Initiating a Fission Chain Reaction: What is Critical Mass?

Critical Mass
One basic fission reaction
What is critical mass? Before we answer that question, we want to discuss the topic of fission, itself. When we speak of atomic bombs, we do not usually mean hydrogen bombs or fusion bombs in which the nuclei of hydrogen atoms fuse together.¹ Rather, we mean fission bombs, in which large atoms of radioactive (unstable) elements are torn apart to produce smaller atoms with the release tremendous energy. One simple atomic explosion reaction is written,

1 n + 235U → [236U] → 92Kr + 141Ba + 3 n

The above equation informs us that one energetic neutron properly striking an atom of uranium, isotope 235, produces, first and temporarily, an ordinarily stable atom of uranium, isotope 236.

Critical Mass
Uraninite Uranium Ore
By Rob Lavinsky, iRocks.com – CC-BY-SA-3
However, the 236 isotope of uranium is not entirely stable, and the kinetic energy provided by a fast-moving neutron, combined with the energy within the nucleus itself, puts the total energy in the nucleus “over the top” so that the atom of 236U splits into the lighter elements written above, namely krypton gas and barium metal.

The decay in producing these elements, does not balance without the release of three neutrons and an amazing amount of energy. Since the reaction is initiated with only one neutron, but winds up producing three, there are two high-energy neutrons left to “get into trouble”.

This suggests that, given the correct conditions, a chain reaction can be made to occur. If the quantity of uranium atoms used is sufficiently above a certain critical mass, the end result can be the release of enormous energy in a violent explosion. If the reaction is prevented from surpassing the critical mass level, the energy can be put to practical use, instead of destructive use.

This All Sounds Convincing But…

Can one achieve a chain reaction from a chunk of ordinary uranium metal, the mixture of isotopes as it occurs in nature, with its tiny fraction of a percent of 235U in its makeup?

The answer is, no. The 235 isotope needs to be isolated and enough gathered to reach critical mass. What is critical mass? A very simple online definition reads: the minimum amount of fissile material needed to maintain a nuclear chain reaction.

Notice critical mass is required to maintain a fission chain reaction. In fact, at least for the production of an atomic weapons, supercritical mass, that is an amount of mass over critical mass, must be achieved.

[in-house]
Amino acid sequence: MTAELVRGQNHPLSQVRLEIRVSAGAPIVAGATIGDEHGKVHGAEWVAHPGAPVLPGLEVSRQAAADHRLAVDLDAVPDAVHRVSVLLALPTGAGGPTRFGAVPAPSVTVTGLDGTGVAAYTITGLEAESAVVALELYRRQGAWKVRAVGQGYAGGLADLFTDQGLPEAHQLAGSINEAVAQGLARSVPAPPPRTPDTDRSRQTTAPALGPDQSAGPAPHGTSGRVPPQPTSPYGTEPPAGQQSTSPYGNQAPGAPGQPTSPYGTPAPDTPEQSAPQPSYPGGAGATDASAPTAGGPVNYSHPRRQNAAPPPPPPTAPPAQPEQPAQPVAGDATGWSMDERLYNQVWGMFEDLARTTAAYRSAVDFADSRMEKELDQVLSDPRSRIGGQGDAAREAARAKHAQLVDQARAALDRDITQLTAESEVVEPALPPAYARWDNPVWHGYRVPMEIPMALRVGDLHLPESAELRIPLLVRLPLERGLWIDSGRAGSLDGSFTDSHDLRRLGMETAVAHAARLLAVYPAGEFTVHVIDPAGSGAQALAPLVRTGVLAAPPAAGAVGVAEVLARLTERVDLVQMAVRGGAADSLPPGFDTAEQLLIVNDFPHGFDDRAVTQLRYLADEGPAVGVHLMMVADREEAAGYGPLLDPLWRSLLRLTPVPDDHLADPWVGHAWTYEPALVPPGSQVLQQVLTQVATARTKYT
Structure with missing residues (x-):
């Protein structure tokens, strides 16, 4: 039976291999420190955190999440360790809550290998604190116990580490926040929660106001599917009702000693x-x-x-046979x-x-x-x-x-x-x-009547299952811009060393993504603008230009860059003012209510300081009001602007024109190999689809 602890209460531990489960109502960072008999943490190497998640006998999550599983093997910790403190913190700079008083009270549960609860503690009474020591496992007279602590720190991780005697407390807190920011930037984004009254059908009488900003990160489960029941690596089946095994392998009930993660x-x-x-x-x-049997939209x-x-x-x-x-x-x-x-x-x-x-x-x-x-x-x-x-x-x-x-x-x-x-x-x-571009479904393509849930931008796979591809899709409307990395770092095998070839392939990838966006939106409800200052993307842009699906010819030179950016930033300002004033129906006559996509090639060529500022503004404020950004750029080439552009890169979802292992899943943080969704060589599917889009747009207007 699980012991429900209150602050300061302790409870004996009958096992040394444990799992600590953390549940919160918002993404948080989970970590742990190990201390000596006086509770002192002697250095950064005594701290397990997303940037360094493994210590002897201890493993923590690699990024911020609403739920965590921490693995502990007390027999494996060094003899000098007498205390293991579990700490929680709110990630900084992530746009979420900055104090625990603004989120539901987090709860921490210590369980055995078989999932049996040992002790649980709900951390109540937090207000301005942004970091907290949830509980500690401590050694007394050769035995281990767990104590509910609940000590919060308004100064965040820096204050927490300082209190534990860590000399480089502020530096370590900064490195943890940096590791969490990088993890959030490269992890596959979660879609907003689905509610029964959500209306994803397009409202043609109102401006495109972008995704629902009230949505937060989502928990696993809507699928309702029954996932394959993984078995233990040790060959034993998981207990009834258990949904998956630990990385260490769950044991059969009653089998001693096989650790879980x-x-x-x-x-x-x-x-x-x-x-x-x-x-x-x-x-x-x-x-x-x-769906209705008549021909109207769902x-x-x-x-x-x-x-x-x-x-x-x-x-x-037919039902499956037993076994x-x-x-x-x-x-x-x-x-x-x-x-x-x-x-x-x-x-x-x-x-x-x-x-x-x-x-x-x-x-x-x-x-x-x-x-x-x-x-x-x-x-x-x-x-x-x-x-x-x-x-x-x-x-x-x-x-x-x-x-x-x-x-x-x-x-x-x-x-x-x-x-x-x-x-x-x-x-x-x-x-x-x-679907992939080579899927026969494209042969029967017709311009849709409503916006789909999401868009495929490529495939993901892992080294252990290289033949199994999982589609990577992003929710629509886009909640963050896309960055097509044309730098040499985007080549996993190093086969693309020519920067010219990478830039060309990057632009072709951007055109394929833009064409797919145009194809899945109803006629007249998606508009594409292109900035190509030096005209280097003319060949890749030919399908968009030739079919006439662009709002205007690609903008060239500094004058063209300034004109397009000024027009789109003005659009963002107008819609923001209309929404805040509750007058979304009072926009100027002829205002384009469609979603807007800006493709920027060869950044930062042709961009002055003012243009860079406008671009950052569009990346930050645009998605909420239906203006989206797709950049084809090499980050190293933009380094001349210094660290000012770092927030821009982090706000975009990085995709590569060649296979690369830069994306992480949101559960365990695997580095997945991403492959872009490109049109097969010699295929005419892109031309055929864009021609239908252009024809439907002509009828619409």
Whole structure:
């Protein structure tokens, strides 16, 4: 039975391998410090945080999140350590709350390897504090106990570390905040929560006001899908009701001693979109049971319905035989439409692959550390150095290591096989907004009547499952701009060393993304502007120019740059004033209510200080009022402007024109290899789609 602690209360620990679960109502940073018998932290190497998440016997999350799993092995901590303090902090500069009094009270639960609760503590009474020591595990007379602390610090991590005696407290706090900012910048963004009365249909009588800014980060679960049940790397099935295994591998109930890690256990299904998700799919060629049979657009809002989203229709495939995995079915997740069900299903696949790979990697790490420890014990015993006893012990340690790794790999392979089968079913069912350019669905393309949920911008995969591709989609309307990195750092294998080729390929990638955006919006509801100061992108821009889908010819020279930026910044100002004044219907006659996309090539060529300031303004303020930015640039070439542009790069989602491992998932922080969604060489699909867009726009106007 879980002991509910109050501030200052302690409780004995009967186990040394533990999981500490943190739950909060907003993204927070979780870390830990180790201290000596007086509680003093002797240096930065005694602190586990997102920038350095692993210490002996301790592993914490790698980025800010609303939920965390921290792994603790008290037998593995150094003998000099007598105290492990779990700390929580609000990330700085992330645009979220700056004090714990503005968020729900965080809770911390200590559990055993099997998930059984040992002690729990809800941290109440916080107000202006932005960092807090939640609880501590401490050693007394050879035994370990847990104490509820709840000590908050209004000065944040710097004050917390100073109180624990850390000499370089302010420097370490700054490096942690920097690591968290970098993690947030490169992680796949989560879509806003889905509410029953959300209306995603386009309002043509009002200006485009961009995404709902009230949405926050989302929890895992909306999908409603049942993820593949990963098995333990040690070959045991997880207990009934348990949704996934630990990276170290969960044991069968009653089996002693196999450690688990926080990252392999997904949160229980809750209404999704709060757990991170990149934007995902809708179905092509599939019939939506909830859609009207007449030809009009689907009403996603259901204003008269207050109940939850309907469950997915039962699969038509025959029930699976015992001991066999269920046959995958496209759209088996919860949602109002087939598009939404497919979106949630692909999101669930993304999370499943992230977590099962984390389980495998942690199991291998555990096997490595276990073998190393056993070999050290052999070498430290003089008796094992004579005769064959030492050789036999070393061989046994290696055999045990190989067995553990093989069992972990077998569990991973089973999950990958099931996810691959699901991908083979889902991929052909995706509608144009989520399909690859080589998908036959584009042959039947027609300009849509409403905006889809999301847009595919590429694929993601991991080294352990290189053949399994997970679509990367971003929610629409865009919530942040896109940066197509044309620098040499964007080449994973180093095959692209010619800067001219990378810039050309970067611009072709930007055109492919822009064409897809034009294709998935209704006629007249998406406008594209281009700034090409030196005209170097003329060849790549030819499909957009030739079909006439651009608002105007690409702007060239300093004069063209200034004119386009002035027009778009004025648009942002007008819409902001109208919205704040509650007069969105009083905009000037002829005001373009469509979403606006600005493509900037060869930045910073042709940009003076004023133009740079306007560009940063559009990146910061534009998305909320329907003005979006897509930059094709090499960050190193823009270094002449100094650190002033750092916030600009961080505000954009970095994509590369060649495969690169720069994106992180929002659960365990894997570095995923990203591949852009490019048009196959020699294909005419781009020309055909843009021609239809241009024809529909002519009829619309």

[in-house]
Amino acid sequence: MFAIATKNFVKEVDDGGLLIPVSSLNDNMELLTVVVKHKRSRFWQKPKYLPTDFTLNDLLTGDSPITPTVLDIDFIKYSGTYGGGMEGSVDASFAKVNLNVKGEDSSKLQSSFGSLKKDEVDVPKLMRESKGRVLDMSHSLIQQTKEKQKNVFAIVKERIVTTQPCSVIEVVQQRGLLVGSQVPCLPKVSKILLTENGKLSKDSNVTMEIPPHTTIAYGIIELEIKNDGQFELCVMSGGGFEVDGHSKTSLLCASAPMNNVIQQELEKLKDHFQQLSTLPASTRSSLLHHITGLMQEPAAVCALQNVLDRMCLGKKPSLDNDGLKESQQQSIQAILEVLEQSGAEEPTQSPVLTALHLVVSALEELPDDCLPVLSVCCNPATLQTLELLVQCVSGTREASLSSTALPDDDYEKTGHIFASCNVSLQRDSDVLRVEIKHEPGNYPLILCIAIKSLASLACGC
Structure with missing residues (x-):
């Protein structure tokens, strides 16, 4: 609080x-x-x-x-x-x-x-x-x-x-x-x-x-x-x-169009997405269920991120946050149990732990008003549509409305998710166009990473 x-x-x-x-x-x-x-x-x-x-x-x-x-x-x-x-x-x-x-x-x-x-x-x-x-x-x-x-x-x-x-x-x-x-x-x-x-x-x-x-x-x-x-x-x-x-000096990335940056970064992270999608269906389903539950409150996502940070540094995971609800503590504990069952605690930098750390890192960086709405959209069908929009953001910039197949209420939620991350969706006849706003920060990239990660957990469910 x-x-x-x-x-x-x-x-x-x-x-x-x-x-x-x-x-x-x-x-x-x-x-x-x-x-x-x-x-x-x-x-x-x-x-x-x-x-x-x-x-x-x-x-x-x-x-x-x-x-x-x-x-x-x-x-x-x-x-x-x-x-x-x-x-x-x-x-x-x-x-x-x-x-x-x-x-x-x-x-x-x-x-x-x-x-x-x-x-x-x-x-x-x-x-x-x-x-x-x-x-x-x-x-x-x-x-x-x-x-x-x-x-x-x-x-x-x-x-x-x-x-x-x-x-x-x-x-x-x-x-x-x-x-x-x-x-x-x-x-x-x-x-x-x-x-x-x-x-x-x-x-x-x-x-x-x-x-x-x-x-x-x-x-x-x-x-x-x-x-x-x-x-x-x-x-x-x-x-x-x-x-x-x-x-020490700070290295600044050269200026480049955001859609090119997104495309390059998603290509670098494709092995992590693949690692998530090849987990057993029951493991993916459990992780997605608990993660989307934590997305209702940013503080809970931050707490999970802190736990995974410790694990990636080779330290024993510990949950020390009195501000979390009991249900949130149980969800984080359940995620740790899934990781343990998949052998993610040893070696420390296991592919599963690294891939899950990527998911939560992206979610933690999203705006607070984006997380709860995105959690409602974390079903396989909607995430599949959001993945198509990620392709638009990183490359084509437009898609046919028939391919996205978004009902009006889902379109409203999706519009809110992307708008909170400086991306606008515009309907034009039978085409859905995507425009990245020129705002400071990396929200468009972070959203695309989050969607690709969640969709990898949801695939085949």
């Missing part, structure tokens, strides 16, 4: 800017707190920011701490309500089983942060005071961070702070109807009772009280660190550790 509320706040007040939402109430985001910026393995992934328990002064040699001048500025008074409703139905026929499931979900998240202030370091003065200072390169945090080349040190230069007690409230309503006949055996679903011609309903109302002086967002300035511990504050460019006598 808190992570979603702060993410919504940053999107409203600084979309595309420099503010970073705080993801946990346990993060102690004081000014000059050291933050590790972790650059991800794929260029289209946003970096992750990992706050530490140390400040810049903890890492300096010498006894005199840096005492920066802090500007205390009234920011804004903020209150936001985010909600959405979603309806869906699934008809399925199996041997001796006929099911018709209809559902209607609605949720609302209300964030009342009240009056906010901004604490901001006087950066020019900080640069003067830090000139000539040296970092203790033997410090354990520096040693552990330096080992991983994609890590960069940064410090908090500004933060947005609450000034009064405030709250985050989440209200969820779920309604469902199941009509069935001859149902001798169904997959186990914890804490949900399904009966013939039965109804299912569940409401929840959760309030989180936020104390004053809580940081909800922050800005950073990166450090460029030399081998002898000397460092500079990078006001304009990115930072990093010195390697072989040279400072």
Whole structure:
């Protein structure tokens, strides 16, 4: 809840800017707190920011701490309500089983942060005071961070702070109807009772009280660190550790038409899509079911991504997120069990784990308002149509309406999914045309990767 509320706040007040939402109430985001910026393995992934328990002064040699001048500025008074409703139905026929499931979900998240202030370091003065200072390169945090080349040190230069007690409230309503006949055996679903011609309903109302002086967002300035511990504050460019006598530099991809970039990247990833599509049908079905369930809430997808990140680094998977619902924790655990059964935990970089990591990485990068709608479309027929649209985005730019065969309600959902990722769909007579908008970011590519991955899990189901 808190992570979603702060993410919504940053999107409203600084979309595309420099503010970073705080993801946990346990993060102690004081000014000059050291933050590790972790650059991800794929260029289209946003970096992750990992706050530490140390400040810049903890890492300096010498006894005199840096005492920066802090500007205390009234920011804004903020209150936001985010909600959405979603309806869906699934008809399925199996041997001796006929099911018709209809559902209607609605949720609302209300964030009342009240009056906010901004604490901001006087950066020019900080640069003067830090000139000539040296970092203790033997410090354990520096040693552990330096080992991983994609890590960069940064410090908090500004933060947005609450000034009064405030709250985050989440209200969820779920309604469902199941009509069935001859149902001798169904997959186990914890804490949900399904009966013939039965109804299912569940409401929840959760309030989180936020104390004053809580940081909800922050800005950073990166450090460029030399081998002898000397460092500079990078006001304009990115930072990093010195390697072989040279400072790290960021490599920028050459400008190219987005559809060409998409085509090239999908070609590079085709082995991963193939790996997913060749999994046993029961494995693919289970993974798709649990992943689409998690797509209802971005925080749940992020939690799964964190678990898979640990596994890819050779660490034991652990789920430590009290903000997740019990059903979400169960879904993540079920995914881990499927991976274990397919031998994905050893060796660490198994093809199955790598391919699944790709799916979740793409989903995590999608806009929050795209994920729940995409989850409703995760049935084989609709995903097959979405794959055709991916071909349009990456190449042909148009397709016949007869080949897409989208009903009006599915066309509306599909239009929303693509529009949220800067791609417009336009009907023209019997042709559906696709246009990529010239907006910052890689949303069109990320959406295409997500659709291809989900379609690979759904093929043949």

Critical Mass
Nuclear power plant

Just How Much is Critical Mass?

In order to keep the fission reaction going, at least one of the three neutrons is required to initiate the next reaction sequence if a chain is to begin. Up to two of the three neutrons produced by each fission reaction may be “wasted”, not more, if one is to establish a chain.

There are a number of parameters or factors that determine precisely what critical mass is for any given fissionable (fissile) material. Among them are the shape of the mass and its density. The more spherical the shape and the greater the density, the better. A neutron-reflective shield that surrounds the mass lessens the quantity of required material. There are other manipulative factors that help minimize the required mass.

If the bare minimum of critical mass is achieved, after some of the fissionable “fuel” is used up, the critical mass then becomes a subcritical mass. Some fission continues, but fades. On the other hand, an amount of material greater than critical mass is said to be a supercritical mass. This enables initiation of fusion, but also allows the sustaining of a chain reaction.

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4 Comments

  • Bill kasman Reply

    From what I’ve read elsewhere when Fermi (et al) initiated the first nuclear chain reaction at Chicago University (as part of the Manhattan Project) there was some uncertainty as to what would actually happen. Apparently there was one theory that the chain reaction would spread beyond the experiment and consume the entire world! Considering the subsequent proliferation of nuclear weapons and the possibility of the annihilation of all life on Earth maybe it would have better not to proceed at all.

    • Vincent Summers Reply

      Your notion is the very same one I’ve heard. There was question as to whether the entire earth might become part of the chain reaction, killing all life. But I also heard President Truman was willing to take the risk. If that is true, what does that tell you? The most obvious place to look for energy, if it comes down to the atom and the sun, is the sun.

  • Bill kasman Reply

    That was big of Truman to assume the responsibility for all of us! I can only assume that the best scientific advice of the time dismissed the ‘destruction of the earth’ theory.

    • Vincent Summers Reply

      While I don’t agree with the common expression, it suggests we should “assume nothing”.

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